Skip to Content

The Associated Press, made up of a consortium of newspapers that pay into the organization to license content, committed a material sin against new media last week when it threatened a lawsuit against left-y website The Drudge Retort for copy/pasting headlines and article copy in a manner, at least according to the AP’s legal counsel, that did not meet the spirit of Fair Use provisions. Then the blogs got up from their chairs, walked over to the filing cabinet, grabbed their machetes, and began slicing through the AP’s reputation blog post by blog post. Smartly, the AP retracted its decision against Retort (though kept alive their cease and desist), and now sits in limbo, weighing its options.

It’s already involved in court proceedings against VeriSign-owned Moreover, which basically does the same thing as Retort, but with deeper pockets and wider distribution. But the AP’s decision to go after “the little guy” has earned in a number of foes, many of whom insist they’re boycotting the service, which, uh, they don’t even pay for, so big whoop.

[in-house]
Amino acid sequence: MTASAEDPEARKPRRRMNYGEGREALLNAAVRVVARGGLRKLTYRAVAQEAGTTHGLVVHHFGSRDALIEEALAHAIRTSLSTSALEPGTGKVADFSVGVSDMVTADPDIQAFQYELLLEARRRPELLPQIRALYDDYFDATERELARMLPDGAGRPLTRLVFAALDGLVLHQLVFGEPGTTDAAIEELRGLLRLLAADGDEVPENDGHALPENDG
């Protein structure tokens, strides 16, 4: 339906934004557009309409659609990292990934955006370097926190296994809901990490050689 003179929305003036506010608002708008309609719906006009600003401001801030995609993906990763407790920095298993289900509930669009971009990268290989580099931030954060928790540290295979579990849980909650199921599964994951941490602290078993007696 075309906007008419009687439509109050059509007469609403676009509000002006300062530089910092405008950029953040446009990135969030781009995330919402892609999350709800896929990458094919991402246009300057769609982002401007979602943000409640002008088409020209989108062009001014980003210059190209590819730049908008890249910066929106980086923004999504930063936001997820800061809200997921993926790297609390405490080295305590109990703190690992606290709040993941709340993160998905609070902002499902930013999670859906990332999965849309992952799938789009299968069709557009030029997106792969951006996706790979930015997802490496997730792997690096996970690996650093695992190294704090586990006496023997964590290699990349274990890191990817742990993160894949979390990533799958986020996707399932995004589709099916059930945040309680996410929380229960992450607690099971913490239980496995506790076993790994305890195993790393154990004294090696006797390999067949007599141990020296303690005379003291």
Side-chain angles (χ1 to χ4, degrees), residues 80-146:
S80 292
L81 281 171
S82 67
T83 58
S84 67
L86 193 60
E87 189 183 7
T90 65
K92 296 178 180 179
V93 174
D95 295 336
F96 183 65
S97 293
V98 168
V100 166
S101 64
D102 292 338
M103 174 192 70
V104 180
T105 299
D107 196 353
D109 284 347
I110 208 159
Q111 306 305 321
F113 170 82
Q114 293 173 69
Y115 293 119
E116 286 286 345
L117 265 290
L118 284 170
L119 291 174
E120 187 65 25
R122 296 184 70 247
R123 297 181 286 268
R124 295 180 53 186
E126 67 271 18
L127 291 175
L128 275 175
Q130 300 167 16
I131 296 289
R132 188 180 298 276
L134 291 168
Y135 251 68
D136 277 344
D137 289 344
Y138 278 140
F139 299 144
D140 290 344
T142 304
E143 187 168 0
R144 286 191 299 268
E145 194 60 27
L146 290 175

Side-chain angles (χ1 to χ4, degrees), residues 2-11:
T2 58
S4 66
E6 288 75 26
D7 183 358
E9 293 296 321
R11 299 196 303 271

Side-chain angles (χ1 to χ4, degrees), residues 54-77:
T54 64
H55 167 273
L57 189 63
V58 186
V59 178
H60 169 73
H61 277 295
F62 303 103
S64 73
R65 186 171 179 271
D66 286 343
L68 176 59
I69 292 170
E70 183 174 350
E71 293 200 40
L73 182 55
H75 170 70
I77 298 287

But when it comes to The Drudge Retort, and its owner Rogers Cadenhead, the AP might not have to wait very long. Cadenhead is weighing a countersuit. After all, if the AP’s claim is that his use of brief excerpts decreases the market value of its product, it could very well be argued that by posting the snippets, Retort is increasing the demand for those stories.


Jun 17, 2008 · Link · Respond